Planet Jubyla “has rings like Saturn. It looks like chocolate ice cream. Everything is made of flowers. It is kind of like Earth. It does have oxygen.” The imaginary celestial body is immortalized on jubyla.com, a single-page site that says it was created “by Jubyla, on Tuesday, February 22, 2000.”
In true Y2K fashion, the graphic design is atrocious in a way that I love: a trippy colorful background and mishmash of five different garish fonts make your head spin. The art (titled “butufel things”) is a chaotic collage of flowers and planets. The site is an untouched time capsule from the aughts-era internet where static HTML and neon color schemes filled the web.
It’s immediately clear that the site is the masterpiece of a wide-eyed elementary schooler who has not yet been jaded by the world, a kid in the stages of life characterized by sticky fingers and a sturdy sense of self-importance. Planet Jubyla couldn’t be bothered by the bursting dot-com bubble — it was an intergalactic dreamland with everything that mattered: “restaurant, malls, grocery markets and houses.”
The creator goes on to say, “Little kids go to school there. I named it Jubyla because it sounds like my name. The end... maybe??????”
“GUITAR, JUBYLA, YEAH!”
The site has six audio recordings: three in the category “JUBYLA NEWS” with rambling weather reports and musings about Pokemon, interspersed with the telltale sniffles of little-kid congestion. The other three recordings are short musical performances in the category “GUITAR, JUBYLA, YEAH!”.
Like many people, I am a former third-grade girl, and I saw a piece of my former self in the unabashed enthusiasm for butterflies, sunflowers, malls, the color pink, and chocolate ice cream. It made my heart explode. I didn’t know who’d made it, but I pictured a 9-year-old girl hunched over a clunky Dell desktop on a rainy Saturday afternoon.
I figured that Jubyla’s creator was probably some woman around 30 named Julia or Julie, and I was curious what she was up to. I saw that the website’s domain was registered to a Florida company called “BuildingOnline,” and a bit of digging revealed that the founder of BuildingOnline was a man named Alan Wickstrom whose personal website mentioned his daughter named — wait for it — Julie. A few days later, Julie Wickstrom told me over the phone that she was indeed the mind behind jubyla.com.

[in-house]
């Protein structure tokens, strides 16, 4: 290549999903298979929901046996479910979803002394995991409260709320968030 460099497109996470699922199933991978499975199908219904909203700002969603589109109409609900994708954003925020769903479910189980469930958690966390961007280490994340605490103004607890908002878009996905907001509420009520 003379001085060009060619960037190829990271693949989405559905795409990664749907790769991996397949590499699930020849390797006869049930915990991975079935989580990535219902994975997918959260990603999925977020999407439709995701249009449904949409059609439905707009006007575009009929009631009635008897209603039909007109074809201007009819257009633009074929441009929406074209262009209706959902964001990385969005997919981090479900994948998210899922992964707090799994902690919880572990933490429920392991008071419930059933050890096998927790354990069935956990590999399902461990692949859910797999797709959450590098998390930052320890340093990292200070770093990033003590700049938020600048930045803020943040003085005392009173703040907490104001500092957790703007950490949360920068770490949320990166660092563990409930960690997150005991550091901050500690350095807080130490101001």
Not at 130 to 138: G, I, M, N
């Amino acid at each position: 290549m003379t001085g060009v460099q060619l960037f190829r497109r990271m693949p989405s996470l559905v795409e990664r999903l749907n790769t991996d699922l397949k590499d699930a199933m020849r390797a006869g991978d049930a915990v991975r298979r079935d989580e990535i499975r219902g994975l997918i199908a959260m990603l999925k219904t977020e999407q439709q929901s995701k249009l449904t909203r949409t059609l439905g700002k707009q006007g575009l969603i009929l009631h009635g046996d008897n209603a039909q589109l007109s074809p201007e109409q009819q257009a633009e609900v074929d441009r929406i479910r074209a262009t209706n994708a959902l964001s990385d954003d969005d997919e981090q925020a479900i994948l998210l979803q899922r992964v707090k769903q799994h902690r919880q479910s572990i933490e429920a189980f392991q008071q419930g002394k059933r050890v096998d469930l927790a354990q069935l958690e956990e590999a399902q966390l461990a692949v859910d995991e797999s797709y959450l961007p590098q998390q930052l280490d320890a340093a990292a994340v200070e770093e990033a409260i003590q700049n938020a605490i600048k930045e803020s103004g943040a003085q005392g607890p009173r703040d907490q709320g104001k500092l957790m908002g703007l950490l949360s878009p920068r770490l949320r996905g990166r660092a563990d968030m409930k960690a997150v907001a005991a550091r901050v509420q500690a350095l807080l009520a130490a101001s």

The real Jubyla
She told me that she’d been surprised when I reached out to her. “I didn’t even know the website was still up,” she told me. “I haven’t thought about it for a decade. I forgot it existed.”
But when she re-visited the planet she’d created as a 9-year-old, she was filled with nostalgia.
“I was in third grade and in school I did a project about creating my own planet,” she told me. “Mine, obviously, was Jubyla.” When her dad saw how dedicated she was to the project, he offered to help make it into a website. Proficient in the web development techniques of the year 2000, Julie’s dad worked out the technical aspects of putting Planet Jubyla online, leaving Julie to create the digital art, design the layout, and write copy.
Now a full-time content creator and pet sitter, Julie remains an avid internet user. “Jubyla might have been the beginning of me sharing things online.”
“I couldn't be responsible for depriving the world of this, so I left it running.”
But there was still one question Julie couldn’t answer for certain: why was the site was still up? Though efforts like Internet Archive, Archive Team, and others attempt to preserve liminal Web 1.0 sites, many of them (there were once 38 million Geocities sites) have vanished. Yet Jubyla remains untouched. Who was paying to keep the jubyla.com domain — and why?
It’s probably only up because nobody had the heart to delete it. A commenter on the forum Hacker News offered some insight: “A few years ago, the company I work for acquired a small web agency. I was tasked with migrating their client sites to our infrastructure. One of the gems I found was https://www.jubyla.com/. After a little asking around, I learned that it was created by the daughter of one of the agency's employees. I couldn't be responsible for depriving the world of this, so I left it running.”
Perhaps someday a hot startup called Jubyla will shell out to buy the domain, but until then, we can revel in a rare, untouched, utterly wholesome corner of the internet — complete with flowers, chocolate ice cream, and malls.